Category: Forex News, News

Pound Sterling turns bearish, closes in on important support

By Published On: June 10, 20249.3 min readViews: 430 Comments on Pound Sterling turns bearish, closes in on important support

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  • GBP/USD continues to edge lower following Friday’s sharp decline.
  • Sellers could remain interested if Pound Sterling drops below 1.2700.
  • The technical outlook points to a buildup of bearish momentum.

GBP/USD stays on the back foot and continues to edge lower toward 1.2700 in the European session on Monday. The pair’s near-term technical outlook highlights a buildup of bearish momentum.

British Pound PRICE Last 7 days

The table below shows the percentage change of British Pound (GBP) against listed major currencies last 7 days. British Pound was the weakest against the Swiss Franc.

  USD EUR GBP JPY CAD AUD NZD CHF
USD   0.93% 0.33% -0.24% 1.08% 1.00% 0.48% -0.73%
EUR -0.93%   -0.57% -1.15% 0.15% -0.06% -0.45% -1.66%
GBP -0.33% 0.57%   -0.52% 0.72% 0.59% 0.07% -1.09%
JPY 0.24% 1.15% 0.52%   1.28% 1.27% 0.85% -0.33%
CAD -1.08% -0.15% -0.72% -1.28%   -0.11% -0.59% -1.80%
AUD -1.00% 0.06% -0.59% -1.27% 0.11%   -0.40% -1.62%
NZD -0.48% 0.45% -0.07% -0.85% 0.59% 0.40%   -1.24%
CHF 0.73% 1.66% 1.09% 0.33% 1.80% 1.62% 1.24%  

The heat map shows percentage changes of major currencies against each other. The base currency is picked from the left column, while the quote currency is picked from the top row. For example, if you pick the British Pound from the left column and move along the horizontal line to the US Dollar, the percentage change displayed in the box will represent GBP (base)/USD (quote).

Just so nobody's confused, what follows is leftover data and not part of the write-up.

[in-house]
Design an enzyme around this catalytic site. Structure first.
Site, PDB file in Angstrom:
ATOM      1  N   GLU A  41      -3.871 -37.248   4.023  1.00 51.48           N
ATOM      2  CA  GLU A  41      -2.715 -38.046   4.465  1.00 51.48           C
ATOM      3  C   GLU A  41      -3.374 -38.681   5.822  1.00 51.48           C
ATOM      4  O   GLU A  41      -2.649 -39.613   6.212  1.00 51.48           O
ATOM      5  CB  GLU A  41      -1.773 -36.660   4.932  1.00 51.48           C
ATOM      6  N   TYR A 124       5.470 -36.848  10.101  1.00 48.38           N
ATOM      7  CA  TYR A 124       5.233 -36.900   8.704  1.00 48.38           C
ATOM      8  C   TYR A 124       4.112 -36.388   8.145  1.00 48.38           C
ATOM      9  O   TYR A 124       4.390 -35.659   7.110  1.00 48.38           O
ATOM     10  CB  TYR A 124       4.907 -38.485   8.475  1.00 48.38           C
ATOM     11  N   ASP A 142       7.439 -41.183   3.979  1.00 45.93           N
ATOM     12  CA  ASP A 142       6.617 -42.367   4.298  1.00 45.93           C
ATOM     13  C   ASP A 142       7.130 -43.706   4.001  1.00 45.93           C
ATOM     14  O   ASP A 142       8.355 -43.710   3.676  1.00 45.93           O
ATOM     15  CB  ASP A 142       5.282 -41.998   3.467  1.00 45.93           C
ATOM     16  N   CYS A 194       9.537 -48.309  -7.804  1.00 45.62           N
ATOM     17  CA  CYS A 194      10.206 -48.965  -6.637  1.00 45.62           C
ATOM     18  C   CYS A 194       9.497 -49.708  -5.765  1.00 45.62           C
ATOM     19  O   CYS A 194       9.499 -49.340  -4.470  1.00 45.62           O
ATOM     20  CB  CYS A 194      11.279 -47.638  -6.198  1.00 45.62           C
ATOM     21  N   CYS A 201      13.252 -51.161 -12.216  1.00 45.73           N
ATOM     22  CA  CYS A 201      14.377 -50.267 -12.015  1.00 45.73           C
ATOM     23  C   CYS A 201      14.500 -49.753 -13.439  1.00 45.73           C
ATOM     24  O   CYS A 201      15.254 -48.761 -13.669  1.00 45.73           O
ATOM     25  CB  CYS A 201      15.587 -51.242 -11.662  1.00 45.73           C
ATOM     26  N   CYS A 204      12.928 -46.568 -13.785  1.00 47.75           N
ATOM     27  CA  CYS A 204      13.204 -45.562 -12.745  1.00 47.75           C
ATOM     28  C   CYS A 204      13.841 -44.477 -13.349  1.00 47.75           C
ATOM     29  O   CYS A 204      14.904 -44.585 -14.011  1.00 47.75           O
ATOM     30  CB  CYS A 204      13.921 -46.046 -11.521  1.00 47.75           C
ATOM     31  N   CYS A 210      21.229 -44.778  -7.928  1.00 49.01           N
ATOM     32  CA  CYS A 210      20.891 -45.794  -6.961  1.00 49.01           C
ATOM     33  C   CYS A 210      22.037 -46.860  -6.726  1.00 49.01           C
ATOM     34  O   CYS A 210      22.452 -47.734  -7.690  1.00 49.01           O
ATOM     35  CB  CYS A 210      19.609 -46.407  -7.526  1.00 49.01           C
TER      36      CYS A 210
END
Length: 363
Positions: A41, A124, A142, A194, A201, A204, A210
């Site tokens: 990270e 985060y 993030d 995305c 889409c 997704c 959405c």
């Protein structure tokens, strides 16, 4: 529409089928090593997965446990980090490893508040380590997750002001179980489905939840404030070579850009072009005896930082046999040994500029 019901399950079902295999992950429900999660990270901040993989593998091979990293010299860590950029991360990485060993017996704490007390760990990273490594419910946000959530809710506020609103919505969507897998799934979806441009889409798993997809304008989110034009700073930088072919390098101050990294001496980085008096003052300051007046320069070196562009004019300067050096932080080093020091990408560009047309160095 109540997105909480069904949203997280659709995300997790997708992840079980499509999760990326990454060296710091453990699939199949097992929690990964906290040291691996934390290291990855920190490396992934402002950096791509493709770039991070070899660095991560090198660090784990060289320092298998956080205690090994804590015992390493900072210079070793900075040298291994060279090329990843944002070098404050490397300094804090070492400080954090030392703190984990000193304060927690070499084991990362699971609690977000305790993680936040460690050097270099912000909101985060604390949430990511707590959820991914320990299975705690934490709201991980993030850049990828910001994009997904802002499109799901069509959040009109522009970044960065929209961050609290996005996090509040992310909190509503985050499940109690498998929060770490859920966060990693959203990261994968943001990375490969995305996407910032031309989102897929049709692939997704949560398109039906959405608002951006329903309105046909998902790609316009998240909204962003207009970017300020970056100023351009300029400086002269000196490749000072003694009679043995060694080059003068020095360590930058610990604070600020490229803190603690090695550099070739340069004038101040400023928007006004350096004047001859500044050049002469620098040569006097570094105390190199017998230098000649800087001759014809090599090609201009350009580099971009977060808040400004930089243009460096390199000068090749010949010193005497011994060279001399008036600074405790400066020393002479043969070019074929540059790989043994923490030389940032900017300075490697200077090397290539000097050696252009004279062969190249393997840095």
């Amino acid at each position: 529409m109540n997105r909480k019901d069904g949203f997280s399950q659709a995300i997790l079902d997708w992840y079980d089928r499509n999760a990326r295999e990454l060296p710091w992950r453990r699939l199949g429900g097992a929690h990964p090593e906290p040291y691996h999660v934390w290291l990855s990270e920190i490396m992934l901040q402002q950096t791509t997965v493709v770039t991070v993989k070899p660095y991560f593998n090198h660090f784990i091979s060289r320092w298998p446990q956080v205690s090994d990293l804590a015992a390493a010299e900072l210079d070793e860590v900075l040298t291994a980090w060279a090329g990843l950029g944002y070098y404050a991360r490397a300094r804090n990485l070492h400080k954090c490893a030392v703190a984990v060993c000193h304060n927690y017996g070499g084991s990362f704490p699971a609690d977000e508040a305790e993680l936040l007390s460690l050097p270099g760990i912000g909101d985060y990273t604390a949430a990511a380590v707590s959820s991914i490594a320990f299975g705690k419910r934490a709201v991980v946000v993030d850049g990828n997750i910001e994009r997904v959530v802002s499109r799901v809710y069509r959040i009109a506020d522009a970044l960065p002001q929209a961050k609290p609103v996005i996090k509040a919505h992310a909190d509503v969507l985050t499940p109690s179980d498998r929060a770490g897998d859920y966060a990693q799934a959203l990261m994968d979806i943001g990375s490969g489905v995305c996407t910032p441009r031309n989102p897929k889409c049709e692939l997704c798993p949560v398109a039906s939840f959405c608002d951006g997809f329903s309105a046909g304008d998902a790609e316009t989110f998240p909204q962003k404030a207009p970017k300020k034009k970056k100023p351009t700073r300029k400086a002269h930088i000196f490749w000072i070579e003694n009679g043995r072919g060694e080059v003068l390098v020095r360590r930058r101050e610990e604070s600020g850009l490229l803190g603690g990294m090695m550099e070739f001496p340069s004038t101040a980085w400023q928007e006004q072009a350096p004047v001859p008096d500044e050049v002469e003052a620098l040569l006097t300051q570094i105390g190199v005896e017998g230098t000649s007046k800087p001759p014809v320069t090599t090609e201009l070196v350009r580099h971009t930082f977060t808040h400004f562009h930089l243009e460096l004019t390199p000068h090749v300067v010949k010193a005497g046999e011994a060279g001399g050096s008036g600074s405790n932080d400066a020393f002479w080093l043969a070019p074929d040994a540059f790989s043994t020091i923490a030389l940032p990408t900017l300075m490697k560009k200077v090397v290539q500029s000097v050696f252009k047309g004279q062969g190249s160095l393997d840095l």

GBP/USD came under heavy bearish pressure on Friday and erased all of its weekly gains. The US Dollar (USD) capitalized on the upbeat labor market data and forced the pair to push lower as investors reassessed the probability of a Federal Reserve (Fed) rate cut in September.

The US Bureau of Labor Statistics reported that Nonfarm Payrolls rose 272,000 in May. This reading beat analysts’ estimate for an increase of 185,000 by a wide margin. Additionally, the annual wage inflation, as measured by the change in the Average Hourly Earnings, rose to 4.1% from 4% in April. According to the CME FedWatch Tool, the probability of the Fed leaving the policy rate unchanged in September rose slightly above 50% after the May jobs report from 40% earlier in the week.

On Tuesday, the UK’s Office for National Statistics will release labor market data. More importantly, the US economic docket will feature Consumer Price Index (CPI) data for May before the Fed announces monetary policy decisions and releases the revised Summary of Projections later in the day. Ahead of these events, the risk perception could drive GBP/USD’s action.

At the time of press, US stock index futures were down between 0.3% and 0.4%, suggesting that the USD could preserve its strength in the second half of the day with safe-haven flows dominating the markets.

GBP/USD Technical Analysis

GBP/USD dropped below the lower limit of the ascending regression channel and the Relative Strength Index (RSI) indicator on the 4-hour chart fell below 40, reflecting the bearish shift in the short-term outlook.

The Fibonacci 23.6% retracement level of the latest uptrend aligns as immediate support at 1.2700. In case GBP/USD falls below this level and starts using it as resistance, sellers could target 1.2640 (100-day Simple Moving Average (SMA) and the 200-period SMA on the 4-hour chart) ahead of 1.2600 (psychological level, static level).

On the upside, resistances could be seen at 1.2730 (lower limit of the ascending channel, 100-period SMA) and 1.2800 (mid-point of the ascending channel, psychological level, static level).

Pound Sterling FAQs